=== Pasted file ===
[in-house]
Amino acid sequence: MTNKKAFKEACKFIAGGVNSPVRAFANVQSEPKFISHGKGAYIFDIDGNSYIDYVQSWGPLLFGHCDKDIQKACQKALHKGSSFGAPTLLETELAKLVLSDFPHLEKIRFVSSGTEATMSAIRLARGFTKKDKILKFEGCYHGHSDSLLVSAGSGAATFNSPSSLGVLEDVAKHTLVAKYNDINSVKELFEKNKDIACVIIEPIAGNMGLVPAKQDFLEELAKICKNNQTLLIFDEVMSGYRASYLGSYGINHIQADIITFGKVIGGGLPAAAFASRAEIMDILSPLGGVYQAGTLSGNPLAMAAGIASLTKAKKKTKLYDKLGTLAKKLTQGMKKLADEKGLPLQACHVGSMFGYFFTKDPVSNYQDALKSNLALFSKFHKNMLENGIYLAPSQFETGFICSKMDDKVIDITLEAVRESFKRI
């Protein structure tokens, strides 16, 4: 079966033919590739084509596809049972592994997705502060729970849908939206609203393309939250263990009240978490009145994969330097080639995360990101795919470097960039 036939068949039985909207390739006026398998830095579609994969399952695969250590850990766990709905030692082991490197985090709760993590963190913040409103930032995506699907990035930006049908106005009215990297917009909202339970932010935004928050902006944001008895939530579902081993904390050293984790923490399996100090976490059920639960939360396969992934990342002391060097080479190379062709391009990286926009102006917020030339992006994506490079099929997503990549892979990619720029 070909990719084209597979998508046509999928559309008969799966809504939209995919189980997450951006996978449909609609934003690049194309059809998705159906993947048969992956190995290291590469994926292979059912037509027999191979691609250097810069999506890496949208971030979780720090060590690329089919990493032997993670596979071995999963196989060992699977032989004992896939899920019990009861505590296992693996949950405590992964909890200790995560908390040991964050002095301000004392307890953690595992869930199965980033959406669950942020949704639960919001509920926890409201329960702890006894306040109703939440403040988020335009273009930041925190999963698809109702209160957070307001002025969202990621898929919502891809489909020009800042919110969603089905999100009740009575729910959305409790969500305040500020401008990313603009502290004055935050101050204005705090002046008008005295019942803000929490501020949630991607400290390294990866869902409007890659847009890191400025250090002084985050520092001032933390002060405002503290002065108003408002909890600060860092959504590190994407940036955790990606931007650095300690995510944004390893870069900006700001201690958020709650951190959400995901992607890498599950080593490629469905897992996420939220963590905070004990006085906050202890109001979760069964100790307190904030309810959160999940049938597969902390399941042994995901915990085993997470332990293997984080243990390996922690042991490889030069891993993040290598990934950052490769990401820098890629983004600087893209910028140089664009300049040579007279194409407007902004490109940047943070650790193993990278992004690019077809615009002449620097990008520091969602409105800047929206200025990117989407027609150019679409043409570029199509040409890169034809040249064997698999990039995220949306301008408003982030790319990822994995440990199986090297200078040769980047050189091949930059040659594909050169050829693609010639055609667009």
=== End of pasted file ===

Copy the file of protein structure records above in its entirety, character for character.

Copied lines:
[in-house]
Amino acid sequence: MTNKKAFKEACKFIAGGVNSPVRAFANVQSEPKFISHGKGAYIFDIDGNSYIDYVQSWGPLLFGHCDKDIQKACQKALHKGSSFGAPTLLETELAKLVLSDFPHLEKIRFVSSGTEATMSAIRLARGFTKKDKILKFEGCYHGHSDSLLVSAGSGAATFNSPSSLGVLEDVAKHTLVAKYNDINSVKELFEKNKDIACVIIEPIAGNMGLVPAKQDFLEELAKICKNNQTLLIFDEVMSGYRASYLGSYGINHIQADIITFGKVIGGGLPAAAFASRAEIMDILSPLGGVYQAGTLSGNPLAMAAGIASLTKAKKKTKLYDKLGTLAKKLTQGMKKLADEKGLPLQACHVGSMFGYFFTKDPVSNYQDALKSNLALFSKFHKNMLENGIYLAPSQFETGFICSKMDDKVIDITLEAVRESFKRI
């Protein structure tokens, strides 16, 4: 079966033919590739084509596809049972592994997705502060729970849908939206609203393309939250263990009240978490009145994969330097080639995360990101795919470097960039 036939068949039985909207390739006026398998830095579609994969399952695969250590850990766990709905030692082991490197985090709760993590963190913040409103930032995506699907990035930006049908106005009215990297917009909202339970932010935004928050902006944001008895939530579902081993904390050293984790923490399996100090976490059920639960939360396969992934990342002391060097080479190379062709391009990286926009102006917020030339992006994506490079099929997503990549892979990619720029 070909990719084209597979998508046509999928559309008969799966809504939209995919189980997450951006996978449909609609934003690049194309059809998705159906993947048969992956190995290291590469994926292979059912037509027999191979691609250097810069999506890496949208971030979780720090060590690329089919990493032997993670596979071995999963196989060992699977032989004992896939899920019990009861505590296992693996949950405590992964909890200790995560908390040991964050002095301000004392307890953690595992869930199965980033959406669950942020949704639960919001509920926890409201329960702890006894306040109703939440403040988020335009273009930041925190999963698809109702209160957070307001002025969202990621898929919502891809489909020009800042919110969603089905999100009740009575729910959305409790969500305040500020401008990313603009502290004055935050101050204005705090002046008008005295019942803000929490501020949630991607400290390294990866869902409007890659847009890191400025250090002084985050520092001032933390002060405002503290002065108003408002909890600060860092959504590190994407940036955790990606931007650095300690995510944004390893870069900006700001201690958020709650951190959400995901992607890498599950080593490629469905897992996420939220963590905070004990006085906050202890109001979760069964100790307190904030309810959160999940049938597969902390399941042994995901915990085993997470332990293997984080243990390996922690042991490889030069891993993040290598990934950052490769990401820098890629983004600087893209910028140089664009300049040579007279194409407007902004490109940047943070650790193993990278992004690019077809615009002449620097990008520091969602409105800047929206200025990117989407027609150019679409043409570029199509040409890169034809040249064997698999990039995220949306301008408003982030790319990822994995440990199986090297200078040769980047050189091949930059040659594909050169050829693609010639055609667009």